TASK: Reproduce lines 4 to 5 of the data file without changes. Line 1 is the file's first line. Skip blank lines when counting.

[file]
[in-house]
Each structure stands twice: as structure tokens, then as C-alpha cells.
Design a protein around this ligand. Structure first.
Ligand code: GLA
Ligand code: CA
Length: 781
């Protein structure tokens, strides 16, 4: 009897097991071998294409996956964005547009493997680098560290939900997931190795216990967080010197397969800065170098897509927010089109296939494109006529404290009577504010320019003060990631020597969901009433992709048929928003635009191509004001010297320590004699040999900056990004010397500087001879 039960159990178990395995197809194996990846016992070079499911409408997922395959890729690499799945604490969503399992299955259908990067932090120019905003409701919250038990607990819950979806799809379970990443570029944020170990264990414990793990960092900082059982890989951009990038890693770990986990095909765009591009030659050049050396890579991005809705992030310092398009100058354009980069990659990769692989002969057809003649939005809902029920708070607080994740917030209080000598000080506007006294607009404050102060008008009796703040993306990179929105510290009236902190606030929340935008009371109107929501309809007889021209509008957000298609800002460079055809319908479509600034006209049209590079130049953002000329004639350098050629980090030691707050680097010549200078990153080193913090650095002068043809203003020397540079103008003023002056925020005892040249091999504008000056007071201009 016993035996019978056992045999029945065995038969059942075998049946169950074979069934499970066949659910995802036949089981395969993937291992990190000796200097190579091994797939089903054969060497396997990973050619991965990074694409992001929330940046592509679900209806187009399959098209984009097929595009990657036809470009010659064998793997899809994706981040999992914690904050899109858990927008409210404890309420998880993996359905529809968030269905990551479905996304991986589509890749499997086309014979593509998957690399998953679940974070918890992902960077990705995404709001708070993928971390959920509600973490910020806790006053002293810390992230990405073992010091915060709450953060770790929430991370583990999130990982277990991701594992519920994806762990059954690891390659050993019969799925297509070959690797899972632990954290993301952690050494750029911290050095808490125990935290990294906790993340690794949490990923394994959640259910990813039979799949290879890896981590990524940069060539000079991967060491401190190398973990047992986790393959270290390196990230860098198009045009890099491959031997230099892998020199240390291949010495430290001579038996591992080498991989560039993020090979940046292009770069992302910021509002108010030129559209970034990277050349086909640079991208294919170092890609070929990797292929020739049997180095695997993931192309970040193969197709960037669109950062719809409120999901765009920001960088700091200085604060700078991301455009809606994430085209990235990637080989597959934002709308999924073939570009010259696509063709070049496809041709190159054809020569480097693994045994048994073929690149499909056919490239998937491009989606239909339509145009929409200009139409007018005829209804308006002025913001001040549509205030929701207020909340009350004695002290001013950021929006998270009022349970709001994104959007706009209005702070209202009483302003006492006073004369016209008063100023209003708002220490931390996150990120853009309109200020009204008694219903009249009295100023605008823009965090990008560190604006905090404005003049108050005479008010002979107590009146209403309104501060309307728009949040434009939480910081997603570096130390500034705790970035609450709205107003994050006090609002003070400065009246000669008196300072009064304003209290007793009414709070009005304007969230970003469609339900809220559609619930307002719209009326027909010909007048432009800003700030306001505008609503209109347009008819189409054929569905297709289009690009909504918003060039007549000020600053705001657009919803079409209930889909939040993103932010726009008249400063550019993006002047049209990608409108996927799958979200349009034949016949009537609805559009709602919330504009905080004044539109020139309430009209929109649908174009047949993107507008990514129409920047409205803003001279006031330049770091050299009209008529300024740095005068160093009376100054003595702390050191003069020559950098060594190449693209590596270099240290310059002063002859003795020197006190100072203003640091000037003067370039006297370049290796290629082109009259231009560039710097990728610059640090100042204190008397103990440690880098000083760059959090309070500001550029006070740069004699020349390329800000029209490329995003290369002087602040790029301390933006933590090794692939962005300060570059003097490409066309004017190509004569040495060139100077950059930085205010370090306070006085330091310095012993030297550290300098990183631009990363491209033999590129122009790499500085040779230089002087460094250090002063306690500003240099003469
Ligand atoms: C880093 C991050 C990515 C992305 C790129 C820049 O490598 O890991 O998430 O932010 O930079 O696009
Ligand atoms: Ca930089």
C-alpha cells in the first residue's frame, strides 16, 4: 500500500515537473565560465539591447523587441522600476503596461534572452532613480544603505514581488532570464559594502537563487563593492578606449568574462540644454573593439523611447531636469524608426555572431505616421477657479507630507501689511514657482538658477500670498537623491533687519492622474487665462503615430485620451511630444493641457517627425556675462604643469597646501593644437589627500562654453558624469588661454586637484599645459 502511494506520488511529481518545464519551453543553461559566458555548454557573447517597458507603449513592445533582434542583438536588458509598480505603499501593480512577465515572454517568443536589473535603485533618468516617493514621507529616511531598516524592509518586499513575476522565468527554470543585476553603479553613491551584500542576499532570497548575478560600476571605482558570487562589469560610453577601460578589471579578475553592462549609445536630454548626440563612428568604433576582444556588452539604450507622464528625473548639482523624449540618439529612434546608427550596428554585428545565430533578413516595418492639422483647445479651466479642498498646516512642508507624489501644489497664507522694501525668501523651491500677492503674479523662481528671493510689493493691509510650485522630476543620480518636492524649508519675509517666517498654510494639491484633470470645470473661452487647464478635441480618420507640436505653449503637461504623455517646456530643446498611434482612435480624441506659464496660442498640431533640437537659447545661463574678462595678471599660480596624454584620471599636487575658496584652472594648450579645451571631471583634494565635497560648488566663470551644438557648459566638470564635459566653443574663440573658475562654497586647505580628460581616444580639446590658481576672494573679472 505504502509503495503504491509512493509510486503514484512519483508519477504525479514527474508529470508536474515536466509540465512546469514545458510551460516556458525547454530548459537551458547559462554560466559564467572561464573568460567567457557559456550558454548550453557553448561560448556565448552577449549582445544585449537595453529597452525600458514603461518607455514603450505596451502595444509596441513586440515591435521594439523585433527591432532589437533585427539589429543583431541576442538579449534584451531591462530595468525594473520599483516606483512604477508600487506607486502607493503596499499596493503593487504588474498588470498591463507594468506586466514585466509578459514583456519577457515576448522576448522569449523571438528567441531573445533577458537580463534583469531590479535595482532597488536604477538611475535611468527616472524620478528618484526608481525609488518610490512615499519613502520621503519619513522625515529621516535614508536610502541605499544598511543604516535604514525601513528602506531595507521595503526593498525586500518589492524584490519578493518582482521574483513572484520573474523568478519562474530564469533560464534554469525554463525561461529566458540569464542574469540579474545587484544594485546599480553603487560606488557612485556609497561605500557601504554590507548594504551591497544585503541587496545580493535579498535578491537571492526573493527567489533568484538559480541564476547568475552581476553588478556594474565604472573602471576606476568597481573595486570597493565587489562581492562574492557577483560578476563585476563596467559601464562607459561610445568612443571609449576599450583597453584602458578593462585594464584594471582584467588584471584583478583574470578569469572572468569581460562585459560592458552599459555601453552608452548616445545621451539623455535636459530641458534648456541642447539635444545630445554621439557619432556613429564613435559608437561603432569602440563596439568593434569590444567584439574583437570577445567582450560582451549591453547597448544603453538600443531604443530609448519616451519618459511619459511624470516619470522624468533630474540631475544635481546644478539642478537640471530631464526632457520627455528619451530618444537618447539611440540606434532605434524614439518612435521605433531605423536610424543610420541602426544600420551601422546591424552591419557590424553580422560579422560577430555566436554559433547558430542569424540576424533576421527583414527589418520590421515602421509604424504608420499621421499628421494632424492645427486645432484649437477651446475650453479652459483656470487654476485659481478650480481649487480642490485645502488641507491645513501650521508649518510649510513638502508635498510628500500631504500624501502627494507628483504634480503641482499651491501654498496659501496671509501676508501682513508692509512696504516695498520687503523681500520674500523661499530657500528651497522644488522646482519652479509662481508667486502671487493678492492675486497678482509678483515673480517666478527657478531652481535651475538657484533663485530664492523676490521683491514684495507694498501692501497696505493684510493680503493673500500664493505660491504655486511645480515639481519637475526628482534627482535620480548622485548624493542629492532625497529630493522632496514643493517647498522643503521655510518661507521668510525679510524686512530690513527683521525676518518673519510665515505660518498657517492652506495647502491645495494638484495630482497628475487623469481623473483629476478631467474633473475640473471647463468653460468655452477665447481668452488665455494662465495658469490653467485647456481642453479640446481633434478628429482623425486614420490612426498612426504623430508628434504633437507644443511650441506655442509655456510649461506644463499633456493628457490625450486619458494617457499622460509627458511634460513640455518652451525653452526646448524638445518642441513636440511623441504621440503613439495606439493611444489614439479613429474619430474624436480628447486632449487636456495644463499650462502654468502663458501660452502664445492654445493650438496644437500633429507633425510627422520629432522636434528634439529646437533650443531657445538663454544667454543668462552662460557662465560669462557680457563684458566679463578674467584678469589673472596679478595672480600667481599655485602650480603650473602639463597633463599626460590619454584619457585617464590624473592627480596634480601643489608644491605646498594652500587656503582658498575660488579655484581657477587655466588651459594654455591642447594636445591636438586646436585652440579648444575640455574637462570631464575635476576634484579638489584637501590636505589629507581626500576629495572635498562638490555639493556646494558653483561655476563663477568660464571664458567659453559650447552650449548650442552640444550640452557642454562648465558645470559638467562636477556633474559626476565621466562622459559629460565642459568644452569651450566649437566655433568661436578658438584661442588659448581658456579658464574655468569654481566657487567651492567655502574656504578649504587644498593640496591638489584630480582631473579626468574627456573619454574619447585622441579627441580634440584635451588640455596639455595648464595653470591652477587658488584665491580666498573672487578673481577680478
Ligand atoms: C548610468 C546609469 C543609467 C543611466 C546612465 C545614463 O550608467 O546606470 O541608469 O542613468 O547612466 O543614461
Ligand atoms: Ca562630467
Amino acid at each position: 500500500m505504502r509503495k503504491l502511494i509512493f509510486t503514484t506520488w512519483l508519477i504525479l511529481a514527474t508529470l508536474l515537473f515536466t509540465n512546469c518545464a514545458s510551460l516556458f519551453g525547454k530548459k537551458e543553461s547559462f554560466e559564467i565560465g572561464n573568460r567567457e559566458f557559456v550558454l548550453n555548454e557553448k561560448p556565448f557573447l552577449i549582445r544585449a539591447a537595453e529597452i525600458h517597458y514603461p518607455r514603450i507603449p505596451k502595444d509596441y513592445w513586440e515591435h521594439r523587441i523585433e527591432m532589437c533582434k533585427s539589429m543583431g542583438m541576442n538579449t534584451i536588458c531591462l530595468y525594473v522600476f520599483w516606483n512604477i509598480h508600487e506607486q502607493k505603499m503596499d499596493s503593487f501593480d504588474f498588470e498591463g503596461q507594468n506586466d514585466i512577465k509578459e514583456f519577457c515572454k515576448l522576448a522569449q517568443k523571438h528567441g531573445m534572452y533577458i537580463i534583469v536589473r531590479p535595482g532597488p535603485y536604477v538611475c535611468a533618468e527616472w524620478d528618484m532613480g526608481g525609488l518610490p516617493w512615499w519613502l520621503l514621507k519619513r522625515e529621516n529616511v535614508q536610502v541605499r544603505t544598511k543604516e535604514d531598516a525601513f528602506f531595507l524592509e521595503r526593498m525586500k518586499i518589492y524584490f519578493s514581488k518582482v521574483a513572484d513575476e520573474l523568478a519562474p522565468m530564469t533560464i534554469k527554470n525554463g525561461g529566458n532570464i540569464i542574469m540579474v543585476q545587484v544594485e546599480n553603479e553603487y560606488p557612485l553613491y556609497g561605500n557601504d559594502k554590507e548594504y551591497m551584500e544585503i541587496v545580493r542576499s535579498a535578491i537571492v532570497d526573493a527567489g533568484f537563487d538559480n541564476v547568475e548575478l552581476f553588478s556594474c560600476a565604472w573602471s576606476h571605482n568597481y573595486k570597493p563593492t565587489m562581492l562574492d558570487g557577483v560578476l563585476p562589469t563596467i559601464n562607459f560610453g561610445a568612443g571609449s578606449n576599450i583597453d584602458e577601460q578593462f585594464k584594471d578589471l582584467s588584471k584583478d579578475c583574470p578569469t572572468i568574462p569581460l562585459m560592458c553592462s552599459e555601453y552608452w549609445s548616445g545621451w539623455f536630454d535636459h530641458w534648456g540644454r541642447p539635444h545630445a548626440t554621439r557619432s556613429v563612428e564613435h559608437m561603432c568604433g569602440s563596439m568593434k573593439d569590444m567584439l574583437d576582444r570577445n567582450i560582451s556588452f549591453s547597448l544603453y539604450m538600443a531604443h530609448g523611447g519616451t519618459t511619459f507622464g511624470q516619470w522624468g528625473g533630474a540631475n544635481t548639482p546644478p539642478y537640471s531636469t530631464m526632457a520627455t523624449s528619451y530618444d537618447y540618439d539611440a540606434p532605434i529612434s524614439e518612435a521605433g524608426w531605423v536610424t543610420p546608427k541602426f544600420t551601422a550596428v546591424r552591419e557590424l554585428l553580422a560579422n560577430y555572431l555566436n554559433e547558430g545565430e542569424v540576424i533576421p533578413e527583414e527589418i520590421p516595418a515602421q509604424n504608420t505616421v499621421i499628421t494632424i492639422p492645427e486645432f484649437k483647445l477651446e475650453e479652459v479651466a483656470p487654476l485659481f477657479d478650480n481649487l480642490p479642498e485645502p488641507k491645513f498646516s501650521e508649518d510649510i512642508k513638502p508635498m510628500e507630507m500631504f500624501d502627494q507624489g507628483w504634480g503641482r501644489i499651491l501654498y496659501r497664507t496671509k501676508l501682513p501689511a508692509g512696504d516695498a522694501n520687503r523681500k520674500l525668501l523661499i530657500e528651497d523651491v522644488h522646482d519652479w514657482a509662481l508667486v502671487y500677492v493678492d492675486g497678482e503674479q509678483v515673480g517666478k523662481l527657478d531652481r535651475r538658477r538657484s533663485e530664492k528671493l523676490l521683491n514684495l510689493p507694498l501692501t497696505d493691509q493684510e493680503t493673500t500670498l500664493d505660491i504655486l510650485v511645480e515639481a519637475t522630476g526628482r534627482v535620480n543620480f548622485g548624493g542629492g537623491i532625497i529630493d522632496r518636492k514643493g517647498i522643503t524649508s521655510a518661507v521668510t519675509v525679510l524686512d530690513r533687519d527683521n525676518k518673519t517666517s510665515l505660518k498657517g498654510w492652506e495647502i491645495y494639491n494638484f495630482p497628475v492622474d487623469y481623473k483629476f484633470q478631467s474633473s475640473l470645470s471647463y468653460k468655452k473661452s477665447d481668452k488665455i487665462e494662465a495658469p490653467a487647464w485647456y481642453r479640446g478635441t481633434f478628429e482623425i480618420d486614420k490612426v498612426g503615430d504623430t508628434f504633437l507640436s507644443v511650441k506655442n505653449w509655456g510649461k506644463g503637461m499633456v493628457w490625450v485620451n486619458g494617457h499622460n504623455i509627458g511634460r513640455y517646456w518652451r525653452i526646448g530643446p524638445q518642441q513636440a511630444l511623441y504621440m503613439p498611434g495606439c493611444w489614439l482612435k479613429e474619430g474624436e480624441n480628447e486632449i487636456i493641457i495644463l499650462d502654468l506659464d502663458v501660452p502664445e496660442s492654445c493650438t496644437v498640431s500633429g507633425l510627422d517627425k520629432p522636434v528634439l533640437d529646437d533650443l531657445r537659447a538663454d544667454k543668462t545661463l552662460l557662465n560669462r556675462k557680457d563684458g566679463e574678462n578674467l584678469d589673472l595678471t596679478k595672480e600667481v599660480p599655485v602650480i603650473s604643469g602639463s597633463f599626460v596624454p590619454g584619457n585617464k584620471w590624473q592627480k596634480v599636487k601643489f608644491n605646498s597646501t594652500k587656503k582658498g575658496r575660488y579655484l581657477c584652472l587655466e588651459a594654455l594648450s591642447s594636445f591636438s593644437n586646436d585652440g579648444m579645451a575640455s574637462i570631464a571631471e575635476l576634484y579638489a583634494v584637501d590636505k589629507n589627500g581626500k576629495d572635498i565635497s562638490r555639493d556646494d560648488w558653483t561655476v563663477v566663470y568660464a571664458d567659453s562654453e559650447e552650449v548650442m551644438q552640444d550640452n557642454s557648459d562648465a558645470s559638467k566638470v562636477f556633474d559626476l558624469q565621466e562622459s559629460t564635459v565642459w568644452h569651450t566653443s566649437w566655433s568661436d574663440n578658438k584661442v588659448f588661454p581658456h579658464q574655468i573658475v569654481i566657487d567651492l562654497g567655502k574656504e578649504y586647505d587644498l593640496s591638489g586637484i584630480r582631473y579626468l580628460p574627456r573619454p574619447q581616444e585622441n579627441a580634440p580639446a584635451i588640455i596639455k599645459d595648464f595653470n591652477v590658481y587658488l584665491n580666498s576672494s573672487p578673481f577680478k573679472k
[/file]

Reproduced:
Ligand code: GLA
Ligand code: CA